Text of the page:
ciation, declaring that "there were so
many crimes committed and tne police
showed so plainly that they would not
do anything that we doculed it was
About 20 such men wore hired, he
Asked If the M. M. & E. employed
dutectives, ho answered:
"ies, we have our ways of getting
information through the usual chan
"Do you make the assertion," asked
Commissioner Garretson, "that when a
man's judgment conflicts with a little
matter like the law of the land, he has
Desperate Fighting Continues
All Along the Franco
Belgian Frontier
Creates Fear That Germans
Have Prevailed and Will
Invest City Again
. (By Wro, Philip Sims.) ....
Paris, Aug. 27. Desperate
fighting still raged today along
the Franco-Belgian frontier.
There were places where the
Germans had forced their way
a right to keep a standing army to 125 miles across the boundary.
0rpgon: Fair
toa'ght and Fri
winds Fri-
Shelton, Wash., Aug. 27. Fire that
started in the kitchen of the J. C. Paul
ey restaurant here early today, destroy-
eu practically the entire business sec
tion of the town, with a loss of more
than $lo0,000. Several men and twoi-
WOmpn WOrtl nrantAma nmL-a onri
heat while heroically battling the prog
ress of the flames. It van Hun tn their
desperate efforts that the fire was pre
! vented from spreading to the residence
wuon. jo lives are believed to have
been lost.
Four blocks of buildines were wined
out, but two business structures remain
standing. These are the Shelton depart:
store ami the Shelton bank, mod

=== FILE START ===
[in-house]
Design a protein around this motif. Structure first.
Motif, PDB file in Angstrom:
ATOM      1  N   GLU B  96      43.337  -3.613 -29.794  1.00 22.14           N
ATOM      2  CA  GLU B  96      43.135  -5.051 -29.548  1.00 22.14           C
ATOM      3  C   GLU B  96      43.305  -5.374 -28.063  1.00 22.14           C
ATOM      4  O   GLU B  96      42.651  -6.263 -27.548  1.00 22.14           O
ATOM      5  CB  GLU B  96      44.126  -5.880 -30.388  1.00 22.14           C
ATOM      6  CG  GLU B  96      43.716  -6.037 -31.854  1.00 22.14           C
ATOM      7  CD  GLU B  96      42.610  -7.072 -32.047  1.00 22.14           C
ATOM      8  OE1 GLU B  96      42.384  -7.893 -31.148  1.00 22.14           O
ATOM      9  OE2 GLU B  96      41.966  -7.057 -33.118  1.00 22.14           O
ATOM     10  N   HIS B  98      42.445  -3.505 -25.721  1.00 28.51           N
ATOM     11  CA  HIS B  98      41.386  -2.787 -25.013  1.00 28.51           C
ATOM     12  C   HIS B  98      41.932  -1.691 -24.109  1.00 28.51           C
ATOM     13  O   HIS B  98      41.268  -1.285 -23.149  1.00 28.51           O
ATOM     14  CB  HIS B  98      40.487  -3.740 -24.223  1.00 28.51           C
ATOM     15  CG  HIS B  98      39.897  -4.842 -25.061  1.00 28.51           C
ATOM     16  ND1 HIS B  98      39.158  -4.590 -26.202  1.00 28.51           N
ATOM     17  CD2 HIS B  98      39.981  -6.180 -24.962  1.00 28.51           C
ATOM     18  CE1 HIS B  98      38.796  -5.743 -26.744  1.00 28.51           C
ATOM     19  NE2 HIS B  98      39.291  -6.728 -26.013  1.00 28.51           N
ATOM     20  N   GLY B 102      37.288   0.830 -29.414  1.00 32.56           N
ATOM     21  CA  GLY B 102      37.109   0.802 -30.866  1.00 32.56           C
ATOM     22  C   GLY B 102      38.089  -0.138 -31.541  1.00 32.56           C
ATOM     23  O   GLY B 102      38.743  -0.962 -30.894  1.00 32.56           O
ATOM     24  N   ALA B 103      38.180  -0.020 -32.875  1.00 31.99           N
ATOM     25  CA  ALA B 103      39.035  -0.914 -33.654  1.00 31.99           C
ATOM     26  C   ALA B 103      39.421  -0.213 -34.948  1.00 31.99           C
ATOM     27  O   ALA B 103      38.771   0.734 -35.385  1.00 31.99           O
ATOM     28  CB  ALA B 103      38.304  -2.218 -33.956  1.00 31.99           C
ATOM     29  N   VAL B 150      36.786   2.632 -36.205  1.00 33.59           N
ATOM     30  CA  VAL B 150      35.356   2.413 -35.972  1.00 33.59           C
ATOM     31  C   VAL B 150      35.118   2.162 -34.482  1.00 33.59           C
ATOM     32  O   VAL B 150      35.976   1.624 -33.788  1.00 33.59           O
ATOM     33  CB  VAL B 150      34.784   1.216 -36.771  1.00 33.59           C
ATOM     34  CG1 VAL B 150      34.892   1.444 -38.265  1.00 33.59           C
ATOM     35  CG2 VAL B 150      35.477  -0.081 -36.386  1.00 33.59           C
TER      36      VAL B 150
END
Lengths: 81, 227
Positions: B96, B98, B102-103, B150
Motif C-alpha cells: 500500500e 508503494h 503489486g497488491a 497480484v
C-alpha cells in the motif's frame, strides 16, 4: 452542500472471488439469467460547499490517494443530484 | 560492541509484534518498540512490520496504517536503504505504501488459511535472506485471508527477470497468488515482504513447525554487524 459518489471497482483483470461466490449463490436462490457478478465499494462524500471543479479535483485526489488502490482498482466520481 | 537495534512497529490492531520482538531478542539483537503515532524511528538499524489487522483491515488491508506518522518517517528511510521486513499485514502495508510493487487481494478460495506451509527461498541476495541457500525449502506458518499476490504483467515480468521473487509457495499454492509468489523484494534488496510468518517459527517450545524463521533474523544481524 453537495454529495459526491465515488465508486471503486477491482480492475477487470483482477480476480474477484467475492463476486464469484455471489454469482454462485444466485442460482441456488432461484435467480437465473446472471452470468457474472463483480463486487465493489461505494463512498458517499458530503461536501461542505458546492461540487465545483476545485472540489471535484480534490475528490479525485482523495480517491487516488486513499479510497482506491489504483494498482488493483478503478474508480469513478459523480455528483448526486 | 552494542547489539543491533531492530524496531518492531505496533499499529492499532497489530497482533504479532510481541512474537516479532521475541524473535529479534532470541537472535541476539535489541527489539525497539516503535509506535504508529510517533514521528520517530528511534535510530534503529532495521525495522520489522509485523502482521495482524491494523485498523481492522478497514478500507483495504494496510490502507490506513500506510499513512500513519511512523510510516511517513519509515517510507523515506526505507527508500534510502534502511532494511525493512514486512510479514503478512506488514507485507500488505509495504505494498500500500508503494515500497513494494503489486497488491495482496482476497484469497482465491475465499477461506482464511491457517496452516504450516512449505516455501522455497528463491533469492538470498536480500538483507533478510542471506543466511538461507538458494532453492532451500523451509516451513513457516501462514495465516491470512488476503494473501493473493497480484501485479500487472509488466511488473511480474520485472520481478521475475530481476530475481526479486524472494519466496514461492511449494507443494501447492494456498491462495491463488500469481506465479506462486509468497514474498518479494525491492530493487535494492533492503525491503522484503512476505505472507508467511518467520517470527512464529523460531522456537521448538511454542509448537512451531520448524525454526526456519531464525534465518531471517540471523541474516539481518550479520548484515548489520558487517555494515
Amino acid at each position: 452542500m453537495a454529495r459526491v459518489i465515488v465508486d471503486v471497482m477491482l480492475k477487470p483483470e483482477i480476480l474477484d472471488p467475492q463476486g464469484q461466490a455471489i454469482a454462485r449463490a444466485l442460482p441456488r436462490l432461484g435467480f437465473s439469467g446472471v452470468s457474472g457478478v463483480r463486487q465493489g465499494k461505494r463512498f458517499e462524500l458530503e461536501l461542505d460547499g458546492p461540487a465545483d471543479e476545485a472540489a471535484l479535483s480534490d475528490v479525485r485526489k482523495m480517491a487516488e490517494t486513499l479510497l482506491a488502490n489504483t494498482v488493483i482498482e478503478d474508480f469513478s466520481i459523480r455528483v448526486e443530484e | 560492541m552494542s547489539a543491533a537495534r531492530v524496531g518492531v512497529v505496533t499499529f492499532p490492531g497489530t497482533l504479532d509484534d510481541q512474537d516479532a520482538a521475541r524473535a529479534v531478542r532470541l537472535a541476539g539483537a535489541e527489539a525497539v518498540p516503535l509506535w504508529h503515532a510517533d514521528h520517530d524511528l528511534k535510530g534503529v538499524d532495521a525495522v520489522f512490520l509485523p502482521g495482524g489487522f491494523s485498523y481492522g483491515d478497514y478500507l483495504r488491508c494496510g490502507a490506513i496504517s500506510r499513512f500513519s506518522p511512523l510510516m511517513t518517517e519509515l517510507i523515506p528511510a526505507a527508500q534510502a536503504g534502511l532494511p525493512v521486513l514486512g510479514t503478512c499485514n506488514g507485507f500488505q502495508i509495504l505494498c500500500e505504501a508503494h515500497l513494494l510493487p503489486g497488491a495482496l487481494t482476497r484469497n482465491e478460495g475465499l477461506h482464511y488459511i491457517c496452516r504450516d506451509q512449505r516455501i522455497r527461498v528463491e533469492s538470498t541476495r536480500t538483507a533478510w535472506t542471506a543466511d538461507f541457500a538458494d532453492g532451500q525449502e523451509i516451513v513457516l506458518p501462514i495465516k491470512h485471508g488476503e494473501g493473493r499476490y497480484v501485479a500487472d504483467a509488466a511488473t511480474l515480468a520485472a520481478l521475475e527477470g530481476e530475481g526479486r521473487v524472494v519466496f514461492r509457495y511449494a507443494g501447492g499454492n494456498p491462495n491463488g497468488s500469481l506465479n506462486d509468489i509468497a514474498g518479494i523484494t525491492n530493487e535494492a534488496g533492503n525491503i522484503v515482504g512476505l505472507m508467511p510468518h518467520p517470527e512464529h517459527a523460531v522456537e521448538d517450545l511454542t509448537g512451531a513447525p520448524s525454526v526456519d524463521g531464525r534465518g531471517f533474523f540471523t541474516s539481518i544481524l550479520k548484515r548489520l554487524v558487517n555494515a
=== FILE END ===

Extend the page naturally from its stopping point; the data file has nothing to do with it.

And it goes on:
ern fire-prflof buildings.
San Pedro, Cal., Aug. 27. Celebrat
incr the arrival of the steamship Mis-
sourian, the first vessel to touch this
port after passing througn tne ranama
canal, the whistles of every craft in
the harbor blew for an hour today.
San Pedro was wild with enthusiasm.
The Missourian is the largest vessel of
the American-Hawaiian fleet.
fought the Teutons, the demand for ter
ritorial indemnities would be natural.
In addition to this, it was taken for
granted that Austria would get Servia,
Montenegro, Albania and possibly -the
Russian province of Bessarabia, and
from Roumania, which, while not yetin
arms, has sympathized with Russia, the
Moldavian country. . .;,; ;. ,.
Just as Germanyideelared it had no
thought of taking territory from Bel
gium, Austria announced, when it de
clared hostilities, that it had no de
signs against Servia 's integrity.
It was considered certain, however,
that the general war would be regarded
as having wiped -out theses pledges.
Bulgaria, being already pro-Austrian,
it was thought might expeet to remain
Turkey . also, whicn, though it has
thtia far romnined neutral, has Passive1
ly favored Germany, who also deemed
i knlv to continue. undistnrDea.
Greece, however, as a friend of the
British-French-Russian-ServiAn combin
ation, was considered likely to lose to
Austria, sooner or later, a pari ai least
of the territories it wrested from the
With Italy also, for having failed to